In other words, they seem to equate good or normal conduct with sensuality. Their imagination is not totally dissimilar to the metaphorical use of love by some mystics, in the manner of Sufis. They apparently sought communion with whatever images of female beauty and love they could visualize, even in Divine terms!!
Consequently, the modernistic freeplay with the natural instincts and desires failed to replace psychosomatic illnesses or neurotic disorders by any spiritual contentment. Human afflictions continued to spread, bringing one misfortune after another in an increasingly pernicious manner. No wonder, some promoters of uninhibited sexual development, such as Freud, were sensible enough to retract from their original claims, or subsequently modify or clarify the same.
They reiterated the position that there was no easy way out of the traditionally evolved social norms and constraints. They clarified to the effect that human sexual concupiscence is not a programmable quantity, or a self-contained input, for any complete or instant satisfaction. They also referred to the need for sublimating it, so as to channel human energies directly towards intellectual enhancement in solving problems of educational, scientific, cultural, socioeconomic and technological significance.
New morals of the kind advocated by Bertrand Russell, are supposed to be conducive to a positive development of human personality. At the same time, it is alleged that traditional morals inhibit human development. The fact that, in the wake of the new morals, human afflictions and distress have become aggravated disproves the abovementioned claims, so that they deserve to be subjected to the same allegations as they make against traditional morals.
Today, social scientists are microscopically endeavouring to cope with particular manifestations, as well as specific difficulties, found in their societies. In the present social conditions, young persons are consciously avoiding marriage. Pregnancy and upbringing of children are becoming somewhat abhorrent to many women, who seem to be less interested in even housekeeping.
Marriages are in evidence more in the traditional societies and conservative families than in the modern ones. On the other hand, neurotic conflicts in persons of both sexes are on the increase evidencing unusual psychosomatic and spiritual ailments.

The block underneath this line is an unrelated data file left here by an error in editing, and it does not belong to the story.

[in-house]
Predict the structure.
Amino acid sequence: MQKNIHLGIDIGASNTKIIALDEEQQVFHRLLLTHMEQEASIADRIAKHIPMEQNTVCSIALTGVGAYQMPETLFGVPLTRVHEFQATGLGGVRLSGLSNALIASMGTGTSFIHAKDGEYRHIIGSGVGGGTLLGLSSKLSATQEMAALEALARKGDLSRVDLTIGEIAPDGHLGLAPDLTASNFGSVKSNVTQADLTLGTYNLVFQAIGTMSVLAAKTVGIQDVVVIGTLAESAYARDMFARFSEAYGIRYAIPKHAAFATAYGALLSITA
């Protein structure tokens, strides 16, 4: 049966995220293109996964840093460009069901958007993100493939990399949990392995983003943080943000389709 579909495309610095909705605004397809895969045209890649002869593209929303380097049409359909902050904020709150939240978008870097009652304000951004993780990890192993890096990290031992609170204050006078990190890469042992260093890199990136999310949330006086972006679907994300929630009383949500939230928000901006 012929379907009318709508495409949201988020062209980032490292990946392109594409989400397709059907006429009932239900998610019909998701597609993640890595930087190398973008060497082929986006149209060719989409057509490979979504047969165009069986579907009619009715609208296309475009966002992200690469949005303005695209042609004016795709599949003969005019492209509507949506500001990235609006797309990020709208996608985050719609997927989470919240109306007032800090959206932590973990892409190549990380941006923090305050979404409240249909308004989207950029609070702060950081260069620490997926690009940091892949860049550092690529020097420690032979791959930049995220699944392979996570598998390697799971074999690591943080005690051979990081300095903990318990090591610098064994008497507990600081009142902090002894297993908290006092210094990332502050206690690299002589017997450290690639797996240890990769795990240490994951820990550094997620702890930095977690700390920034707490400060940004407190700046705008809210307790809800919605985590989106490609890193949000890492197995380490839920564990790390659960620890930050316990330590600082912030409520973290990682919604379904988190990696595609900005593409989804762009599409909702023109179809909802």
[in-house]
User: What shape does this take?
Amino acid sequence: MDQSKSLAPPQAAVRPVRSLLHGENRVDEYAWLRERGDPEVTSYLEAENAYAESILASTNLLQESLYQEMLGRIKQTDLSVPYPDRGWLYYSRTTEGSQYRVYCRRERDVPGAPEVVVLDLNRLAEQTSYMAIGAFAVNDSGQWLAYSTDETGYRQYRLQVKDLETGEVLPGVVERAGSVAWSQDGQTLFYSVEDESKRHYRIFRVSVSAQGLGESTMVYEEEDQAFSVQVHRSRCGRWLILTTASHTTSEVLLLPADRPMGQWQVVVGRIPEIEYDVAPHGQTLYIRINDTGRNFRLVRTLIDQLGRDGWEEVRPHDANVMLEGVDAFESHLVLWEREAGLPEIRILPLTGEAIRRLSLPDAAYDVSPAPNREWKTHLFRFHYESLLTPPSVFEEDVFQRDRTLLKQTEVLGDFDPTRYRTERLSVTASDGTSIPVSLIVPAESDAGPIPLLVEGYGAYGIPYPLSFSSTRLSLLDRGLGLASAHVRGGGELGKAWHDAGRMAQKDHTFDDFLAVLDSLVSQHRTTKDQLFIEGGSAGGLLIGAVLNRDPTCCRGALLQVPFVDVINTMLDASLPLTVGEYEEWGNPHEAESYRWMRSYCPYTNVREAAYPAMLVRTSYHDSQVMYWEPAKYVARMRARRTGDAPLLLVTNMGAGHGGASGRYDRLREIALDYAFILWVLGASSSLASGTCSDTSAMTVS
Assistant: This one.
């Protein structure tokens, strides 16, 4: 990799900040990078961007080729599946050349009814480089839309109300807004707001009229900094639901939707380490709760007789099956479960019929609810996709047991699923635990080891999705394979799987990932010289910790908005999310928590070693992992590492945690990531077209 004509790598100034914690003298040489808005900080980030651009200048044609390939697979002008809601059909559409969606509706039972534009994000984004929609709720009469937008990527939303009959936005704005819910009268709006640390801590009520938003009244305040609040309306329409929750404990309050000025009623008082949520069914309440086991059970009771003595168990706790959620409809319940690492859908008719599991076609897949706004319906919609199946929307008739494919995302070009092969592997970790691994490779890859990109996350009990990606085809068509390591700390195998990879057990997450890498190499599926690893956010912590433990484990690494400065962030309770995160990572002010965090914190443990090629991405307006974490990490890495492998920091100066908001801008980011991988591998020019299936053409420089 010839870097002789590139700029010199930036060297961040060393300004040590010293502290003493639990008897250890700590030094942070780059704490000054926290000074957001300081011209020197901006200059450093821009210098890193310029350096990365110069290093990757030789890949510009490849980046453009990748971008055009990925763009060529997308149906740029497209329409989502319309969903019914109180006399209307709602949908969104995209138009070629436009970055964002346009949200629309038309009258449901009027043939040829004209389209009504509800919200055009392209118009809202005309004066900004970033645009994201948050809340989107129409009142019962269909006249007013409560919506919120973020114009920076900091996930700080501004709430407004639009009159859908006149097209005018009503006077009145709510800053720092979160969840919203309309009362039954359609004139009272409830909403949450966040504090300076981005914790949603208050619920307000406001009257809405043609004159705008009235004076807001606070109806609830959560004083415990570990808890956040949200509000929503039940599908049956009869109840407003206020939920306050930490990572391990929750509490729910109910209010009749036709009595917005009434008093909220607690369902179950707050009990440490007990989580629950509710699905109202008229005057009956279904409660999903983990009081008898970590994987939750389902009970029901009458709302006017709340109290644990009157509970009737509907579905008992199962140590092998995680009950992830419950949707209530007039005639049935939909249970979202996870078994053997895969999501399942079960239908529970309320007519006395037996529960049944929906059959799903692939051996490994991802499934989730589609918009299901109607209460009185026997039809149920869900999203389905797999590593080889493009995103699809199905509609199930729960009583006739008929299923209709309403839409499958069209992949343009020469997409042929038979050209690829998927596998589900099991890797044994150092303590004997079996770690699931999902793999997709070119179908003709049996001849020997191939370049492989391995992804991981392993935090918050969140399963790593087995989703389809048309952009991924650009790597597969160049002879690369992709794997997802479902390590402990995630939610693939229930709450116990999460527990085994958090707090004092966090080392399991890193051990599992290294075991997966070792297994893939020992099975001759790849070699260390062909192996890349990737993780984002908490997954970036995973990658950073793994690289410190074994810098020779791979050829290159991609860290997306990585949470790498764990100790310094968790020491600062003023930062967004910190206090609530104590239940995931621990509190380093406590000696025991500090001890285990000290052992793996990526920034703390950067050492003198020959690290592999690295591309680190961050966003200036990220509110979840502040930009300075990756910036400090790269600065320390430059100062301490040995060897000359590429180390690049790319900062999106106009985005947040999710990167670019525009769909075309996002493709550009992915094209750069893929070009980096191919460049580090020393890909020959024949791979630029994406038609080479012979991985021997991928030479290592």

Some among the social scientists opine that the traditional social values have been fundamentally overtaken and superseded by the manpower requirements of the modern industrial revolution. Actually, however, morals, traditional or otherwise, ought to remain the same in their intrinsic values and connotations. They are not affected by any changing patterns of human living from an agricultural setting to an industrial one.
Changes in any familiar patterns of human living and social interaction are only construed to be fundamental in some revolutionary intellectual way! The seemingly revolutionary thinking is attributable to some individuals with whom must lie the grave responsibility for any consequent misfortunes befalling humanity.
Even Bertrand Russell speaks of the pitfalls involved in speculative thinking, including his own. For instance, he favours an unrestrained gratification of the sexual instinct on one hand, and concedes the necessity of adhering to a time-tested system of its self-regulation, on the other. However, it is not intended, at this stage, to elaborate further on the pros and cons of modernistic thinking concerning human sexuality.
In reality, any appropriate compliance with the natural instincts, instead of suppressing them, does not mean the same thing as liberating sexuality by denouncing the age old moral restraints and constraints. The natural instincts and desires are not incompatible with chastity and virtue. In fact, they are adequately satisfied only within a chaste and virtuous regulatory framework, which avoids the evils of promiscuous behaviour, enforced celibacy or self-denial and the resultant emotional disturbances.